Obama's latest watchword, "investments," is not, as I originally assumed, simply a euphemism for government spending. It captures his entire economic philosophy — a philosophy that is permanently engrained in the core of his being and disastrous for America's "future."

President Bill Clinton shrewdly used the word as a more palatable substitute for income tax rate increases, saying taxpayers needed to "invest" more of their hard-earned dollars in America. But Obama's use of the term was different in two important ways. First, for him, "investments" would apply to the spending side of the fiscal equation. He would ask our support in his plan to "invest" more government money in infrastructure and education.

Secondly, and more significantly, Obama used the term to candy-coat his fundamental lack of confidence in the private sector and free market, as well as his commitment to faith in government as the primary engine for economic growth.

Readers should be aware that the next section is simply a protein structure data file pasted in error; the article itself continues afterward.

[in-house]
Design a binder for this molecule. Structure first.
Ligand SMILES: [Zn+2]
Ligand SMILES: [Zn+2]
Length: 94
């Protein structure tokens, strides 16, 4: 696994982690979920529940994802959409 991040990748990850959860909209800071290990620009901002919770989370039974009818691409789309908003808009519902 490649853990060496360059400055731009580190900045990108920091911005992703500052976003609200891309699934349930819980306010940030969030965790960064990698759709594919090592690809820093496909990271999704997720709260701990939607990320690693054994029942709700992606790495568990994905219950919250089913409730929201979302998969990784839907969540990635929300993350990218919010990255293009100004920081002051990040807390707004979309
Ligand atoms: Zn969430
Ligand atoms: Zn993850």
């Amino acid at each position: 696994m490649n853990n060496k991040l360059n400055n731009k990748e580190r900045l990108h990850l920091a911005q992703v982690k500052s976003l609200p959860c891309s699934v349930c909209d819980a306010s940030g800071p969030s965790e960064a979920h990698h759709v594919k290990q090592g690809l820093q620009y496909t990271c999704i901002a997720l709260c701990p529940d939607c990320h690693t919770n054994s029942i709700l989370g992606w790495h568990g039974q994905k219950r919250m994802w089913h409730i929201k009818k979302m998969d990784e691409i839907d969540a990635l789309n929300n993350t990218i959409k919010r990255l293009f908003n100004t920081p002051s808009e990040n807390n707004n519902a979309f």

For those who argue that Obama deserves a second chance at proving he's not at war with American business and the free market, I ask what he has done to indicate he's changed his philosophy that drives that war.

It's admirable to give people the benefit of the doubt in personal relationships, but we are talking about more than a personal relationship here and have a responsibility not to ignore the evidence. That evidence tells us that he is still an intractable left-wing ideologue committed to destructive progressive policy prescriptions.



Time will tell, but I reject the somewhat cynical view that the House Republicans' vote to repeal Obamacare is purely symbolic. I think it's quite significant.

We are engaged in a war to save our nation from crippling debt and systematic assaults on our Constitution and our liberties and to preserve our prosperity. No setback has to become a permanent defeat. But neither will any victory remain secure, for the forces working against us are tireless and relentless.

No matter how many times history has proved socialism disastrous, there will always be those promoting it, as if the past never occurred or its lessons are unlearnable.